Better Call Saul now officially has four main characters. What started off as the Saul Goodman origin story quickly became something much bigger, as it morphed into equal parts Jimmy McGill, Mike Ehrmantraut, and eventually, Kim Wexler. In season 4, creators Vince Gilligan and Peter Gould have promised us that the world around these characters is about to get a lot bigger, and the reason for that is this fourth main character, something that became as apparent to me as ever in “Something Beautiful.”
Even though we seldom see Gus Fring, his influence over the happenings in the show are truly starting to manifest themselves. After Nacho takes out Don Hector, Gus has room to maneuver and position himself into becoming the badass, nearly unstoppable drug lord we know him to be in Breaking Bad. Last week, he flexed his muscle by killing Arturo in front of Nacho, duly informing Nacho that he knew all about his little scheme and if he wants him to keep it to himself, then Nacho belongs to Fring now. This week, they go to elaborate lengths to cover up Arturo’s murder, staging a drive by on the highway during which Nacho himself has to get shot in order to make it seem believable. Nacho calls The Cousins to clean it up, who take him to the vet (where one of them brushes by Jimmy, as a matter of fact), and in an even crueler twist of fate, winds up with literal Salamanca blood coursing through his veins.
It’s an elaborate chess move on Gus’ part, installing a mole deep inside the Salamanca organization. All the while, he’s plotting his next move, as he visits Gale (!) at a local college, inquiring about chemistry and checking in on what we know is a long-term investment, as he grooms this much younger version of the character we know from Breaking Bad into the fleeting, meth cooking genius he was for a short period on that show. I’m not exactly sure if this was meant to be a cameo or if they have something bigger in store for David Constabile, but the point here is to show that Gus is moving around peons and making moves that will benefit him for a long time, while everyone is can only look directly in front of them.
That’s kind of what makes Gus such a great character. He was introduced to the world of Better Call Saul through a note in the season 2 finale, after which Mike spent weeks looking for him before manifesting himself for only a short while towards the end of season 3. So far this season, we’ve barely seen him more than once or twice a week, and virtually every major development is tied to him and his actions.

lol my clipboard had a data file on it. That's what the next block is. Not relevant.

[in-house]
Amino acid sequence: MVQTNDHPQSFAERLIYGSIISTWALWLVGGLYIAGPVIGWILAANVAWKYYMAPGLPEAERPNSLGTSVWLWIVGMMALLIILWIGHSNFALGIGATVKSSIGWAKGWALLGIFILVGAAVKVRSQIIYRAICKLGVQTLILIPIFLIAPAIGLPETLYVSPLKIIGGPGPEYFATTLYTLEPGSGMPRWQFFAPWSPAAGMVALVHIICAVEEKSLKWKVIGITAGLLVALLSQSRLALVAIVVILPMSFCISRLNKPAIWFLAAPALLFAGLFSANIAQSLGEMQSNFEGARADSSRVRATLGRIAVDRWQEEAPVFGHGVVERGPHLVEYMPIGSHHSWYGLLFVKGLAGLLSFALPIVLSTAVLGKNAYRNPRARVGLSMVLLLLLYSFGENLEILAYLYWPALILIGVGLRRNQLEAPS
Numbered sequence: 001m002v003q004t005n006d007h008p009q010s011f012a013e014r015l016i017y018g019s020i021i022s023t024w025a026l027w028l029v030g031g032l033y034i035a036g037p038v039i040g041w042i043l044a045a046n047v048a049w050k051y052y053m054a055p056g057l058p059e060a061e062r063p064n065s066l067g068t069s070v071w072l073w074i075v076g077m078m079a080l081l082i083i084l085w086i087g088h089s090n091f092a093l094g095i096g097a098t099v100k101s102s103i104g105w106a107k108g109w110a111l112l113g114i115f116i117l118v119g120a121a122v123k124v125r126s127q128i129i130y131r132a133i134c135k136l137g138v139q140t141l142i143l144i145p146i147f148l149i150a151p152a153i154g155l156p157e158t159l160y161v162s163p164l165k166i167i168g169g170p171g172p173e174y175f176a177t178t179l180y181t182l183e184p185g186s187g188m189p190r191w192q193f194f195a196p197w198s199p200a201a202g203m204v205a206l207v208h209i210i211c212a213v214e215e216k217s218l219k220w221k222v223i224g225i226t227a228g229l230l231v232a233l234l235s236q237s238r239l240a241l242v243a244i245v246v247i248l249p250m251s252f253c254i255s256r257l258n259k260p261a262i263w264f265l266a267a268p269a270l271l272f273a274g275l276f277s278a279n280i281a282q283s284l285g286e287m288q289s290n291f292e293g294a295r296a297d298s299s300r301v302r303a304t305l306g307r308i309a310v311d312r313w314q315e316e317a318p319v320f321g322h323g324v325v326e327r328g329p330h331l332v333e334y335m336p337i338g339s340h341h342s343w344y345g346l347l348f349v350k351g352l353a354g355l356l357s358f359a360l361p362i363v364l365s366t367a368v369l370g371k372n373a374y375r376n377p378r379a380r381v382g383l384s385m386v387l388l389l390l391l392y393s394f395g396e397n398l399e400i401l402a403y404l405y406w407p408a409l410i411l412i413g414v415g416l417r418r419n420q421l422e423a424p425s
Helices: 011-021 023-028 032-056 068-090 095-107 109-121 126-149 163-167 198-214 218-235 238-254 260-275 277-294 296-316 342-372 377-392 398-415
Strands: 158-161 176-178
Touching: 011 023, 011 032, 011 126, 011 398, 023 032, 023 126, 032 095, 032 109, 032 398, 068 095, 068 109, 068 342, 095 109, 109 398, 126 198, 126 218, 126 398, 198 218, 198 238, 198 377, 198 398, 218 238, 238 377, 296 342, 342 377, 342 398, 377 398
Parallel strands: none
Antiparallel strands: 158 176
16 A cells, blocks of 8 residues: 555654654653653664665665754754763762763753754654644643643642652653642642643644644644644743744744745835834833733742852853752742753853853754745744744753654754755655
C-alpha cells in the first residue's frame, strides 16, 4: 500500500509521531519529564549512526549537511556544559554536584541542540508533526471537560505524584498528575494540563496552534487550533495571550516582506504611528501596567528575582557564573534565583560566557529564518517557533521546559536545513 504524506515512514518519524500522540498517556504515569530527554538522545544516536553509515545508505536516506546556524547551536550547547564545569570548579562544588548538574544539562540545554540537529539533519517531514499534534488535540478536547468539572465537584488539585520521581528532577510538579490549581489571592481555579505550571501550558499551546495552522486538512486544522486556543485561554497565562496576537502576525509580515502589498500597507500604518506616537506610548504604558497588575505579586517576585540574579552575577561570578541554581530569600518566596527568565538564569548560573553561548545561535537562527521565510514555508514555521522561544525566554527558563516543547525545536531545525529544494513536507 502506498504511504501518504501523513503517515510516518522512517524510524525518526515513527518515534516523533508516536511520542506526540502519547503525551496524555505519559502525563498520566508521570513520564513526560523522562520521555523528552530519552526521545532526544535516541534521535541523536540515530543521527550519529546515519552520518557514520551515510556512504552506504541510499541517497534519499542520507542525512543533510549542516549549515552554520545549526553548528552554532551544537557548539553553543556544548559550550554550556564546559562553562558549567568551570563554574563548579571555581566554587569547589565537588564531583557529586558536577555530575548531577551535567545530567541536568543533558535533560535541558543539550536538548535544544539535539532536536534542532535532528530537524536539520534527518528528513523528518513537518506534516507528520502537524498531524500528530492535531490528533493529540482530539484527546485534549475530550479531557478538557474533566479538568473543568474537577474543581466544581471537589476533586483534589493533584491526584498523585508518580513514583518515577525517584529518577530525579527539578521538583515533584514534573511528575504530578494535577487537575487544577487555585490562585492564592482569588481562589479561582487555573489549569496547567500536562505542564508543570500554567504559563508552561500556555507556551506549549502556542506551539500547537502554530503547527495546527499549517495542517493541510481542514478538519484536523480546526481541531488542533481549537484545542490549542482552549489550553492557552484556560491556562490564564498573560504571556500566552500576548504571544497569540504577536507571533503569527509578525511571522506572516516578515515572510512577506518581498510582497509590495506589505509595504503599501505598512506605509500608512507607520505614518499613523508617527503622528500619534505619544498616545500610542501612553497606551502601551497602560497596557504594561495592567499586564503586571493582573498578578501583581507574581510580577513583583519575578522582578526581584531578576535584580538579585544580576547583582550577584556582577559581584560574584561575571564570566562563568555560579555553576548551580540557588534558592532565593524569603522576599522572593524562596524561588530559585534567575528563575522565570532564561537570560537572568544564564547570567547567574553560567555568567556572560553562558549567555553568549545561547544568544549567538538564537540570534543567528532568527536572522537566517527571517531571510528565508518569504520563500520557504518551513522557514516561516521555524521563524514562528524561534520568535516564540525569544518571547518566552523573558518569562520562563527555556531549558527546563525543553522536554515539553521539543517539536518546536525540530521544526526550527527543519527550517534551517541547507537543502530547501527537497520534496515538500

Meanwhile, Mike is living his best life as an ersatz security consultant for Madrigal, unconcerned about the people he’s in league with. Jimmy is busy running low stakes grifts, completely unaware of the danger he’s literally brushing up against (as evidenced by when he walks passed one of the Salamanca Cousins). The Bavarian Boy Heist (name of my college indie rock band) is specifically, purposely low stakes to contrast everything else that is happening, and that’s something this show has gotten really good at. When things are getting crazy on the Breaking Bad world-building side of things, things are slow and mundane on the Jimmy-turning-into-Saul side of things.
That’s not to say that there aren’t important things happening on the other side of the coin. We don’t see much of Mike this week, other than enough for him to reject Jimmy’s proposition to steal some ceramic figurine from the printing company he interviewed with (making it clear that he was casing the joint when he made a big show about how dumb they were for wanting to hire him). But Jimmy goes through some important character development here. He’s overly obsessed with this scheme of his, and he’s completely detached with regards to his brother’s death, to the point where he casually and totally nonchalantly reads the letter from Chuck while eating his morning cereal, unaffected by his brother’s words, even though they invoke his mother and real things about his relationship, all while Kim, who is clearly going through something (something at the Mesa Verde office triggers her into taking a visit to the courthouse that’s never fully explained) winds up breaking down emotionally, as she continues to carry all of Jimmy’s burdens, emotional or otherwise.
“Something Beautiful” is kind of a table-setting episode, as the first two of this season also were. Listen, you know the drill with Better Call Saul at this point. Gilligan and Gould are moving pieces around and you know it’ll lead to something good. I think we’ve long passed the point where we can trust to know what they’re doing, and to be frank, while this season has been pretty slow so far, it’s still managed to compelling and wonderfully made. The scene where Jimmy’s new guy robs the printer company was incredibly fun, and the opening scene with Gus’ guys staging Arturo’s death and what follows is wonderfully meticulous on the part of the writers and beautifully shot on the part of the director. Even though not much is happening so far, even though the show is explicitly telling us that they’re setting things up for the future through Gus’s arc, even though the show is playing the long game with regards to Jimmy’s grieving and whatever is going on with Kim, I’m more than happy to exist in this world for an hour a week while we wait for things to happen. Even if it makes these recaps a little more dull than they could be.
“Something Beautiful” gets 7.5 Bavarian Boy collectible ceramic dolls out of 10.
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